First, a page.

This is the best season of Felix Hernandez‘s career. Last year was also the best season of Felix Hernandez’s career, and one could argue that 2012 was the same. Every year, Felix is one of the best starting pitchers in the game. Every year, he finds a way to get better. Felix Hernandez is on the Seattle Mariners, and presumably always will be.
Part of being on the Mariners means trying really hard to win, only to lose. That was Felix on Friday night, before a big crowd and as the opening act for a literal fireworks show. All Felix wants to do is win. He doesn’t care if he’s setting an American League record for most consecutive starts with seven or more innings and three or fewer runs. He just did that thirteen times in a row, by the way, which is – you guessed it! – an AL record. He couldn’t care less. The team lost.
Felix last night: seven innings, ten strikeouts, no walks, nine groundouts versus none in the air, and five hits, including a Nelson Cruz line drive homer for the King’s only earned run. This latest gem dropped his ERA to 1.99 on the year, and he’s got the matching 2.06 FIP as a reminder that there’s no runner-stranding or BABIP luck/weirdness going on here – this is just a dominant pitcher, pitching dominantly, always.
Felix always goes on runs where he’s seemingly as good as it gets, but this is beyond that. This is one of those timeless Felix months, but over a whole season. This is Felix with more strikeouts, less walks, more grounders, and less dingers. And what he’s improving from is a baseline as one of the game’s absolute best players. Felix is closer to Mike Trout by WAR than he is to any other player. Felix is impossibly good.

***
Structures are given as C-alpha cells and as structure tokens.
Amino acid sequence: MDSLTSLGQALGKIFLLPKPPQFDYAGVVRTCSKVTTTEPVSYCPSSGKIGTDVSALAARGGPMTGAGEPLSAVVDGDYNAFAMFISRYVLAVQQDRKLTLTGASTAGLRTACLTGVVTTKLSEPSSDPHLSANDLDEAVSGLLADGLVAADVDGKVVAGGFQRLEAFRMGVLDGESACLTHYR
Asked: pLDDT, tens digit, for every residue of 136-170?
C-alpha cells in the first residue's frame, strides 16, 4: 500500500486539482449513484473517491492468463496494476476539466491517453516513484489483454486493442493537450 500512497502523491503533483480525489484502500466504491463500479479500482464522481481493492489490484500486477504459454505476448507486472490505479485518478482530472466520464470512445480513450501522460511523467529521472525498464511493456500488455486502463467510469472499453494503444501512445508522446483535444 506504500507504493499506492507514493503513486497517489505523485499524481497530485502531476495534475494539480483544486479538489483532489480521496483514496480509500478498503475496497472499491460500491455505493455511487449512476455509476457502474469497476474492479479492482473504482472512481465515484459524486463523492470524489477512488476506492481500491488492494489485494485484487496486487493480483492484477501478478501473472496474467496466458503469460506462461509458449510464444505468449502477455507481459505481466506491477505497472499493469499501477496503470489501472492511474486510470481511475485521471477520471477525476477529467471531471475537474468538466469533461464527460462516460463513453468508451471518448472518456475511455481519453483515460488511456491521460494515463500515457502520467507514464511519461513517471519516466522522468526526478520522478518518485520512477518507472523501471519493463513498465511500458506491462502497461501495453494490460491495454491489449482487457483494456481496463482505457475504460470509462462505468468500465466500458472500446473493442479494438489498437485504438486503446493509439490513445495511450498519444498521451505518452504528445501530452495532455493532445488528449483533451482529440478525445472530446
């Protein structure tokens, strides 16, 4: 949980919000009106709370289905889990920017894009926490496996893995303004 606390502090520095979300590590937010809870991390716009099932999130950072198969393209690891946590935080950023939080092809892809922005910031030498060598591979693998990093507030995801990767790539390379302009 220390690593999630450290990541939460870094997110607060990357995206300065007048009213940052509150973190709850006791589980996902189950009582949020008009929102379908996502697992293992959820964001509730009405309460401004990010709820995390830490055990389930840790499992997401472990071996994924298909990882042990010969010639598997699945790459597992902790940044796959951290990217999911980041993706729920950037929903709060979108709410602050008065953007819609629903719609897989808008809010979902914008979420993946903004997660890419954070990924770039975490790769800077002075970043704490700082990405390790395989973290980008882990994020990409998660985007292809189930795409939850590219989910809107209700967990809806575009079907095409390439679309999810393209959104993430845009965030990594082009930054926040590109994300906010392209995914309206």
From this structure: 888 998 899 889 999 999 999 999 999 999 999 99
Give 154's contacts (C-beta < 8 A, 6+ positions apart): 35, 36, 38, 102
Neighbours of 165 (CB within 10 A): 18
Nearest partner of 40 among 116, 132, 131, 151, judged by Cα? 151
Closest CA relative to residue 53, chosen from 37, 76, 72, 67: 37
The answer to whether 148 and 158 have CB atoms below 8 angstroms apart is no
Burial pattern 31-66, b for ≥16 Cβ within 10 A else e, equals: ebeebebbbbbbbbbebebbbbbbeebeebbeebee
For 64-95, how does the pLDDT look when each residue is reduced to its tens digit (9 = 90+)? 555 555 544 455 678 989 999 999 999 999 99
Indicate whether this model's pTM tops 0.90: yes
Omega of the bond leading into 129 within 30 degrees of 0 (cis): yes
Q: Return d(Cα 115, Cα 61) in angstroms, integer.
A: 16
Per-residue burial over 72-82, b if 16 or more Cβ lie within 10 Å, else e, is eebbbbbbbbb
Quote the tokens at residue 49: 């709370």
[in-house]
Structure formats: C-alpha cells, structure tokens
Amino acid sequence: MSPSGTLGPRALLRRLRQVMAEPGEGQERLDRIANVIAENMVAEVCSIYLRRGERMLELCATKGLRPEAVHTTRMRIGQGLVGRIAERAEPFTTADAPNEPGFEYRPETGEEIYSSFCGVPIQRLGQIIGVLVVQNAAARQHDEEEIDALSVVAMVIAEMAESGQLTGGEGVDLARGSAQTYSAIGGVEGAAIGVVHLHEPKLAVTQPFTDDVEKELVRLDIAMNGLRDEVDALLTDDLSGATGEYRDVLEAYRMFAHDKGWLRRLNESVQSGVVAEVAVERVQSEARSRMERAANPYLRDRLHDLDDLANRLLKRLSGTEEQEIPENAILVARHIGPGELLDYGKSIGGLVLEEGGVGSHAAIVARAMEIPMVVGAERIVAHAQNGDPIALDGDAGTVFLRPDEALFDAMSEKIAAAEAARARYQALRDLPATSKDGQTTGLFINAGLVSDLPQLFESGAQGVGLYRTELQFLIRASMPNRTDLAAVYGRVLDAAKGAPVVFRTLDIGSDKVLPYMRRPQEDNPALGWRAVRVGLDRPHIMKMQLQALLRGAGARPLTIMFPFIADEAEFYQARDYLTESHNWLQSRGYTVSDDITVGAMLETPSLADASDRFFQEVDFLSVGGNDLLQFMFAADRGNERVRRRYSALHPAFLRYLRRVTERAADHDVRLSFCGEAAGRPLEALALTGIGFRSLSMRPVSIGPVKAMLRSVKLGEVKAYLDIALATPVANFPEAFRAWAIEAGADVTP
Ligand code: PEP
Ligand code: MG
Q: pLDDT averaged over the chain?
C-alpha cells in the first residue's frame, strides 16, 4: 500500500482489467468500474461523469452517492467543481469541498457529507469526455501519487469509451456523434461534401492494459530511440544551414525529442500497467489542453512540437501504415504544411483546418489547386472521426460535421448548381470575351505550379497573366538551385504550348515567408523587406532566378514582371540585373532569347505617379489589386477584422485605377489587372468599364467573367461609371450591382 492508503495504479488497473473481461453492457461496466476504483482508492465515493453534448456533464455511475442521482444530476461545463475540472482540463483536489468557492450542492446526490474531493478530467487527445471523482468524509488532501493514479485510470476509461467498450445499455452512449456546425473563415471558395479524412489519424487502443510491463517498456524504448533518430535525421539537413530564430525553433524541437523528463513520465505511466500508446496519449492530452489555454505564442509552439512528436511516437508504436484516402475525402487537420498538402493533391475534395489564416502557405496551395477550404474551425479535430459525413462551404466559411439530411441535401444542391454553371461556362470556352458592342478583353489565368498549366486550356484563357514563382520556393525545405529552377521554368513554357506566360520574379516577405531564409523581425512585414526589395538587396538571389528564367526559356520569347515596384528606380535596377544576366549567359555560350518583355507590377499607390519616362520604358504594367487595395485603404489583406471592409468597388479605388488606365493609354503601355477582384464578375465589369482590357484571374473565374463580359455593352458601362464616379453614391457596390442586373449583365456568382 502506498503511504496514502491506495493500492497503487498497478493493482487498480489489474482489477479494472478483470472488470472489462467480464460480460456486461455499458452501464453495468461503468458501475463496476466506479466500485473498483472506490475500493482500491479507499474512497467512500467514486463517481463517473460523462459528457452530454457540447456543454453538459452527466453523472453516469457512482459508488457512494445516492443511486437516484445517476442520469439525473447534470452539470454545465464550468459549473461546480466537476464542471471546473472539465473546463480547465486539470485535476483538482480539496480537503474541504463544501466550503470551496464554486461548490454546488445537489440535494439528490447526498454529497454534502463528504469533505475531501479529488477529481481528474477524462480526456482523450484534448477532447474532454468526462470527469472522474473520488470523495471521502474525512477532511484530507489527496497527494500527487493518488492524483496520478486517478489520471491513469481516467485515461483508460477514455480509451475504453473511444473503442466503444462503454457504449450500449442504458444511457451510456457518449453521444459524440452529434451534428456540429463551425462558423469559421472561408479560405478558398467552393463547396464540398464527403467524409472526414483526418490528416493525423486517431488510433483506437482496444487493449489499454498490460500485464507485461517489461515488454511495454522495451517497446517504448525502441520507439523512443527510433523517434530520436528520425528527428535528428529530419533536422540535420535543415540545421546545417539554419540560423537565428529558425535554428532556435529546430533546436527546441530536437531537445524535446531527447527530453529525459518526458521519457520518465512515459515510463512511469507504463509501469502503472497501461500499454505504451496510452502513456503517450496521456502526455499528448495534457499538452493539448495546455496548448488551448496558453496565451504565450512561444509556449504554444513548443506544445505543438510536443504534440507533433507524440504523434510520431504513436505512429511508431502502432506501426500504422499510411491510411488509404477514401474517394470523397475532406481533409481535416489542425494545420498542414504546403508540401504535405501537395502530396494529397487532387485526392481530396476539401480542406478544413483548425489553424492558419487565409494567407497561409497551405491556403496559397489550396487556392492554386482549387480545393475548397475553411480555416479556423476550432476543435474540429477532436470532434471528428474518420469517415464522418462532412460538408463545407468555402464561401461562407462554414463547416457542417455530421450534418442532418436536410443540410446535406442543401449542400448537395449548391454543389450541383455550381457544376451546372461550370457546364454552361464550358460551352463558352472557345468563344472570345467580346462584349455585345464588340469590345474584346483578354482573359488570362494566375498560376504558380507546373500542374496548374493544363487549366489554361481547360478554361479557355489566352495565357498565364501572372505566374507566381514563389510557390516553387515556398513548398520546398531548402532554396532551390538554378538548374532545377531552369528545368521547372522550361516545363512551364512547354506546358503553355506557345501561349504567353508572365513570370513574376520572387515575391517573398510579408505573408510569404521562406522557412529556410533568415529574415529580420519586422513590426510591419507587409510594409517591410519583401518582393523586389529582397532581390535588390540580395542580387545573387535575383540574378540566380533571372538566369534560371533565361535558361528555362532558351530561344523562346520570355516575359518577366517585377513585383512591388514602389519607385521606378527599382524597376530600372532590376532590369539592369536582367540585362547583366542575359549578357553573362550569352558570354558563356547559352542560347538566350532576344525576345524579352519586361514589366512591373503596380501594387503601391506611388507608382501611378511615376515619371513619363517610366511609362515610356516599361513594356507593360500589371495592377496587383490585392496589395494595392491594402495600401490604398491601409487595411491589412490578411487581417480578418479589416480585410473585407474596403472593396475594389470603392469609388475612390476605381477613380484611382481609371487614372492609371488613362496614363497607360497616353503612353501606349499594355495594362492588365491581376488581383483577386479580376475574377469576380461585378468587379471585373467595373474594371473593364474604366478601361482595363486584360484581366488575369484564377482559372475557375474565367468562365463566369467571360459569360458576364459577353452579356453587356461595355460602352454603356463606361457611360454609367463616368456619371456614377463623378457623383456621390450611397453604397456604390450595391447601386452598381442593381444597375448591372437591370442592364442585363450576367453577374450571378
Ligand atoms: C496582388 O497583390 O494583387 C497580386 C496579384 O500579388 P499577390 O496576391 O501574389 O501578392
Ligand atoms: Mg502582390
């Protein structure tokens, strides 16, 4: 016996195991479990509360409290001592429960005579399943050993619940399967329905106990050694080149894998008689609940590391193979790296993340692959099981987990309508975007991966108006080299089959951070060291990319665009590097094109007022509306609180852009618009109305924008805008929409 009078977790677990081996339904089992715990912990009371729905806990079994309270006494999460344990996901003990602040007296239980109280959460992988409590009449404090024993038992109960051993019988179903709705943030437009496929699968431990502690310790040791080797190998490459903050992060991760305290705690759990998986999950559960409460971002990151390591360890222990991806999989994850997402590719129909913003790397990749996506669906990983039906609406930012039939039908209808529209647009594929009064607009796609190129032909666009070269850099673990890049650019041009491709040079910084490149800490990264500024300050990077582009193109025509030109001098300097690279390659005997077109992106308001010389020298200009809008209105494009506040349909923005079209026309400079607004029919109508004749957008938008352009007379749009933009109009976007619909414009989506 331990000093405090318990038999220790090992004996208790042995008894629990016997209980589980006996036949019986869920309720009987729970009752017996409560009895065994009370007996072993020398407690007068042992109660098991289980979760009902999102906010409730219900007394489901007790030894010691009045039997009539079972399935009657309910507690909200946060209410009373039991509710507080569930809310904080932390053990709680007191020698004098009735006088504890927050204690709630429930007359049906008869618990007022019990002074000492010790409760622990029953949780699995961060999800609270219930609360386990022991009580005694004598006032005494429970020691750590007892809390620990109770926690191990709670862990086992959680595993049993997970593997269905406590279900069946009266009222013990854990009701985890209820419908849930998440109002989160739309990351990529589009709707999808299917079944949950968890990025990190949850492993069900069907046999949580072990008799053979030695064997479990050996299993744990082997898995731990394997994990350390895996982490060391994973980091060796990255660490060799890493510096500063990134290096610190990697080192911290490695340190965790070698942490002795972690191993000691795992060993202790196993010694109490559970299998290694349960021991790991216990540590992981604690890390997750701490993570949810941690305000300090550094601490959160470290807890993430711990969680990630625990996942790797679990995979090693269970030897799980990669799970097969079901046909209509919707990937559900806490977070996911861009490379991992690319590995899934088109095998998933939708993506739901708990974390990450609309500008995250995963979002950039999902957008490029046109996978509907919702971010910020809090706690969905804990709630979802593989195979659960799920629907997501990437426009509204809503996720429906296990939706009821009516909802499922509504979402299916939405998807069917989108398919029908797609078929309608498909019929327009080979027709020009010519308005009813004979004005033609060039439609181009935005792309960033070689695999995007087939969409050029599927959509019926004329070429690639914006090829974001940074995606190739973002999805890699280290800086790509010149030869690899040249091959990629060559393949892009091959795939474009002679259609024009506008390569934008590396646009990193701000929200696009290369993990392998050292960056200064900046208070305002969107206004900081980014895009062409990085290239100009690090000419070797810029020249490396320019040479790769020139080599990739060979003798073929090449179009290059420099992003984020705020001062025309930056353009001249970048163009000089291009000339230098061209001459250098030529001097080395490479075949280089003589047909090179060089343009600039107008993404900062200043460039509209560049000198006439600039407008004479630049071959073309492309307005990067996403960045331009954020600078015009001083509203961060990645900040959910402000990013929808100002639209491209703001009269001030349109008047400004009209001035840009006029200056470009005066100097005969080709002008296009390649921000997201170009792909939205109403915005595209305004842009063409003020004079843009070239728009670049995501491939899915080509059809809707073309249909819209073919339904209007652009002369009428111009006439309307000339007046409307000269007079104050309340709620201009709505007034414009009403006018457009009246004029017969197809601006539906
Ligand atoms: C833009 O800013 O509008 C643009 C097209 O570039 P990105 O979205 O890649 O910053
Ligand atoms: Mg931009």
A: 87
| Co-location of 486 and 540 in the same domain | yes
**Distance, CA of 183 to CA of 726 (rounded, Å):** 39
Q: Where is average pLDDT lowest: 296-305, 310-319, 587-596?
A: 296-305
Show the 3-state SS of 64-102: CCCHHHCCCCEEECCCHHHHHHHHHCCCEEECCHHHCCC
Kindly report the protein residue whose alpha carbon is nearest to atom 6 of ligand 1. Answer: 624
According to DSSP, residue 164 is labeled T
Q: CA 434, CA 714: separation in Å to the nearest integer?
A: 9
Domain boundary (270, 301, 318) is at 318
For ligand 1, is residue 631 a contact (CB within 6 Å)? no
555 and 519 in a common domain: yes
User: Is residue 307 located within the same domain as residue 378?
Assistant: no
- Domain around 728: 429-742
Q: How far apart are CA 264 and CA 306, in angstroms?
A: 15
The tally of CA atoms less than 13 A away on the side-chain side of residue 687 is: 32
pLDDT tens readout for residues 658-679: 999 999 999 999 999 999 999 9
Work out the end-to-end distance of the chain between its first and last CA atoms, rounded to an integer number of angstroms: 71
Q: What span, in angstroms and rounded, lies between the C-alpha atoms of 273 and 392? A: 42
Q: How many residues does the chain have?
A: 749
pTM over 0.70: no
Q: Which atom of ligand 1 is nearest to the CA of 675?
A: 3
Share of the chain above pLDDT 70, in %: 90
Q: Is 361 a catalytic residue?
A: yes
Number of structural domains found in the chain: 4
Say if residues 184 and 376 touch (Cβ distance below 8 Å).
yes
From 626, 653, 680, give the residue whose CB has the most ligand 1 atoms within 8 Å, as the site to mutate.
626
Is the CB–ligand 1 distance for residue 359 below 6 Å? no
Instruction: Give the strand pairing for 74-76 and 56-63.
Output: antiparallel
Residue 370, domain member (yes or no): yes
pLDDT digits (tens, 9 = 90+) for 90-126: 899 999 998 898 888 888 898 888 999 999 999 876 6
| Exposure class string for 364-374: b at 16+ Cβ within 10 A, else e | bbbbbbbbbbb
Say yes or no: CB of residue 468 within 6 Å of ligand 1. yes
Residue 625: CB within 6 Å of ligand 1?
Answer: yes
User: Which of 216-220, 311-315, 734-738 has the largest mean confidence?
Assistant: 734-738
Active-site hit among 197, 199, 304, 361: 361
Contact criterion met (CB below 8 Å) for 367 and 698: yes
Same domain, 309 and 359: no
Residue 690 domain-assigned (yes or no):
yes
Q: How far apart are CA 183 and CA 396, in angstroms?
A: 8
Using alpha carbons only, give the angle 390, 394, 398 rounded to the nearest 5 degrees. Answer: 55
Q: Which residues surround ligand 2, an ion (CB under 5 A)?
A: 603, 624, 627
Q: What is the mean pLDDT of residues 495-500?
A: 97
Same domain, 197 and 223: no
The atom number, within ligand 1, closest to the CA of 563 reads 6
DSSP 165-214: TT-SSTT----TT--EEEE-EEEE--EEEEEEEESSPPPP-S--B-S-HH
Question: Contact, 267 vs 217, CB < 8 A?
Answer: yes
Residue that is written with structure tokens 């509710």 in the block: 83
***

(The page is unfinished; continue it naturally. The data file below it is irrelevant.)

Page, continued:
In the sixth inning, Kendrys Morales hit a sacrifice fly to right that scored Robinson Cano. So there’s a positive on the offensive side. Cano had two hits. Kyle Seager had two hits. Brad Miller drew three walks. Endy Chavez had two hits. Some offense happened, if you squint. But if you stop squinting, you see that the Mariners only scored one run.
After the game went to extras, Charlie Furbush served up a home run to Chris Davis and that was it. The M’s couldn’t do anything against Zach Britton in the bottom of the tenth, and so they lost, for the fourth game in a row. All of a sudden the Mariners are looking up at Toronto and New York in the wild card standings, with Kansas City only half a game back. Their playoff odds are down to about 40%. This is a team that hasn’t yet faded away, but is acting like it really wants to.
Chris Young vs. Bud Norris at 1:10 this afternoon. Endy Chavez and James Jones batting in the first two spots, again. Their OBPs: .286 and .303, respectively. That’s a huge, unacceptable problem. A bigger problem: Jones has the third-highest OBP in the starting lineup, and again, his OBP is .303. This team can’t get on base to save it’s life. This is no longer a “middle of the pack” offense, this is an abomination that looks serious about keeping the M’s as far away from the playoffs as possible. But oh well, right? In Chris Young We Trust!